Fusing serious-minded takes on elements from something like The Devil and Daniel Webster with the machinations of a John Grisham novel, that side of The Devil's Advocate speaks little to the horror genre. And it shouldn't; the world around Kevin appears ordinary, as if he's playing his own cards. There's a supernatural undercurrent though, and a ghastly, visceral side emerges around Mary Ann's mental state. Hackford doesn't turn away from nightmarish images, either, creating this grotesque surreal flipside of Kevin's awareness in troubling surreal images of demons squirming in bodies and dangling raw flesh in unexpected venues. Watching Mary Ann (and a fraught performance from Charlize Theron) spiral out of control -- and seeing these shifts in reality spill into Kevin's viewpoint -- strengthens the eerie grand design of Milton's motives, visualized in a chilling quasi-Poltergeist manner. It's impressive how fiendishly the psychology and rapport between Kevin and Mary Ann dismantles, playing on the things vital to each of them.


Al Pacino delivers, well, precisely what's expected of him as John Milton, harnessing that absorbing gravitas of his late-'90s scenery-chewing as the omniscient head of the law firm. And, really, I love every minute of it. He's raucous in his persistent speeches, giving Milton's vulgar yet heavily-rationalized rhetoric the bite it needs to appear convincing in Kevin's eyes, while the script uses his unassuming stature as an asset while building his villainy. Milton's impishness does come alive in quieter points of The Devil's Advocate, allowing his wide grin and lively eyes to bolster that expected sinister charisma. Yet, it's those billowing speeches, where he gnarls on the demands of pressure, skewers morality, and blathers on about the over-privileged, that muster the beast inside the character -- and Pacino's embellished stage presence gives John Milton the fiery vigor he requires. A subtler version of "the devil" might've been interesting, but there's something undeniably magnetic about Milton's archaic, rumbling theatricality.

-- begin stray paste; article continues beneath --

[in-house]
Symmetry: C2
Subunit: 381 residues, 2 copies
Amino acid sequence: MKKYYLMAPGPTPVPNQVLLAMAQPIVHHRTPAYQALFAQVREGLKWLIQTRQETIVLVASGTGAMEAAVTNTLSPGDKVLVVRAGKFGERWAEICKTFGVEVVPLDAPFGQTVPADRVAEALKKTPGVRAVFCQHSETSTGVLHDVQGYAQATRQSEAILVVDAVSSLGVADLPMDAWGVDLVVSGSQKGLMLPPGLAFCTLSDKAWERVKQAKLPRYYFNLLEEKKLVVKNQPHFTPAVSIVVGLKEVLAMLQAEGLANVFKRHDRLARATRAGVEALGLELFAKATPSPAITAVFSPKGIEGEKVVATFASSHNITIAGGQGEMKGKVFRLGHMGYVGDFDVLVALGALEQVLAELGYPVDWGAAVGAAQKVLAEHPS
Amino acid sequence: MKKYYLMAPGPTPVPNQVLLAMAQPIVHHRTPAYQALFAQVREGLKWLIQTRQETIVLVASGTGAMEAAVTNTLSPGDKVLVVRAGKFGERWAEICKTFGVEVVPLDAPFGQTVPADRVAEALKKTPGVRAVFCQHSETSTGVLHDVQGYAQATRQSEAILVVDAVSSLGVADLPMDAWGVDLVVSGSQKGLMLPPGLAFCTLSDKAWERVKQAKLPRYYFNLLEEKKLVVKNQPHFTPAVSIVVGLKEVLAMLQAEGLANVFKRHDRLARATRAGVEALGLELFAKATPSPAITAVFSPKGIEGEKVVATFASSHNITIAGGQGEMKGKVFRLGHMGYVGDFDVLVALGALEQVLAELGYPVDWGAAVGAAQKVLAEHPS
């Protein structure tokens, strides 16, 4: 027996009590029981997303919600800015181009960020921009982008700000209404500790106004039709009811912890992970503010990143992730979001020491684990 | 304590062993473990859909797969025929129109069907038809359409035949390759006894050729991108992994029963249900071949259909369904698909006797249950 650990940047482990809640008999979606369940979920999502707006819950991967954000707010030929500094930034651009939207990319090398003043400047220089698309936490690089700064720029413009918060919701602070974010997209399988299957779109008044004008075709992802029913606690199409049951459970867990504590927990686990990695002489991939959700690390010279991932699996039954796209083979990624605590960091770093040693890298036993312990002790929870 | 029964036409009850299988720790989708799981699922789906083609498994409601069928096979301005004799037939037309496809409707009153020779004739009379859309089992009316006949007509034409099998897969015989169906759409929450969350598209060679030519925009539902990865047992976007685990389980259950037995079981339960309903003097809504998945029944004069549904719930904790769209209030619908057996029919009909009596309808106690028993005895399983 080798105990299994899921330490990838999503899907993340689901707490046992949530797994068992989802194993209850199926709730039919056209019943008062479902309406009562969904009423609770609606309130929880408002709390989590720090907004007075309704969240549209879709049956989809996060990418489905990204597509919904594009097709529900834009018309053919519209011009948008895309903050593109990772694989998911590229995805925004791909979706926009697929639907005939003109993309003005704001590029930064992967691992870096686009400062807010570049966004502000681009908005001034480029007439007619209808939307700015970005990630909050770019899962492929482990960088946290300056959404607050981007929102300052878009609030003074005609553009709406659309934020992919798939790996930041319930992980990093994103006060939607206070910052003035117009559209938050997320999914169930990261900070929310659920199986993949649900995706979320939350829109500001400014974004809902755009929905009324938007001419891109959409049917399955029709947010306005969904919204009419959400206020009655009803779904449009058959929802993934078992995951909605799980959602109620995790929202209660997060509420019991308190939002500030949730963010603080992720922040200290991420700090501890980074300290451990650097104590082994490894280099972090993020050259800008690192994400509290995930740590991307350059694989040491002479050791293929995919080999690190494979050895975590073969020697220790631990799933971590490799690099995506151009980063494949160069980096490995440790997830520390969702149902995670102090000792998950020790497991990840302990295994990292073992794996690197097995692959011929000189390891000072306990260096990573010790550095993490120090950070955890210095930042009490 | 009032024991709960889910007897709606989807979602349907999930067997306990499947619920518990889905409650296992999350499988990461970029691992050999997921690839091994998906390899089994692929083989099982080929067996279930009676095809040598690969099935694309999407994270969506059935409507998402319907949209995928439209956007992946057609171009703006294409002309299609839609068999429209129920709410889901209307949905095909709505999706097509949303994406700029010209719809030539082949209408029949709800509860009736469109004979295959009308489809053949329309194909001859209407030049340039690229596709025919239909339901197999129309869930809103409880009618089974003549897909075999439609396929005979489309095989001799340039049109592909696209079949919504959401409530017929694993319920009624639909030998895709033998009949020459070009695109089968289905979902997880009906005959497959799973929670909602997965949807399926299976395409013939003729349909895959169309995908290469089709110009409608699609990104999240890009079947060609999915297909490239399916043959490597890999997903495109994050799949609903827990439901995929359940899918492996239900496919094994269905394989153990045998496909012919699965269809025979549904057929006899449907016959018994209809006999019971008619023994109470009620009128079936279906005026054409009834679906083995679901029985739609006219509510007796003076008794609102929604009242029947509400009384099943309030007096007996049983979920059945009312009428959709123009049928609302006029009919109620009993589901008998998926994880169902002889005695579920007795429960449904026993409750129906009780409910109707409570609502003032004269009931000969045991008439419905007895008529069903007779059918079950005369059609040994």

The Devil's Advocate isn't really one for subtlety, though. Gut-churning temptation, violent deaths, and heavy mental distress move the fable feverishly towards its climax -- one that, accompanied by eerie moving statues and Sinatra tunes playing in the background, stops time to reveal the extent of Milton's grand design in a hauntingly mythical display. Hackford juggles theological outlooks and the magnitude of free-will in his thematically extravagant finale, hinged on fatalistic exposition and bleak implications through big, gristly speeches. While the story bloats its pop-philosophical contemplations beyond what it can handle, it's hard to deny the gratification that the outcome generates: a lavish footnote about self-determination and redemption that, somehow, manages to stay neutral on religion as a whole. The battle turns into a brooding, outlandish fantasy of persuasion and integrity, but it's easy to get wrapped up in the scheming of this mythical manipulator without buying into any particular fire-'n-brimstone.

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1 comments:

Freya West said...

Allegorically, one who takes an opposite position for testing a contention, or just to be perverse.

The term 'Devil's advocate' was brought into English in the eighteenth century from the medieval Latin expression 'advocatus diaboli'. To describe someone as a Devil's advocate now is to suggest that they are mischievous and opposing, being opposite for it. In medieval Europe, Devil's advocate wasn't seen so contrarily; it was, similar to "chamberlain" or 'cordwainer', a vocation title.

There are various mentions in Vatican records dating from the mid 1500s of a casual part called 'Diaboli Advocatus'. In 1587, the administration of Pope Sixtus V (disappointingly, there hasn't yet been a Sixtus the Sixth) established the formal post of Promoter of the Confidence, referred to informally as the 'Advocatus Diaboli', which surely must have been the same part as 'Diaboli Advocatus'. The set of working responsibilities wasn't especially onerous, until the point when someone was assigned for either beatification and canonization, and soon thereafter the 'Devil's Advocate' was required to draw up a list of arguments against the chosen one getting to be plainly blessed or consecrated.

The first occasion when that the present type of the expression was used in print appears to be in the 1760 humorous content Impostors Identified:

By rising up and having the genuine impact of the Devil's advocate.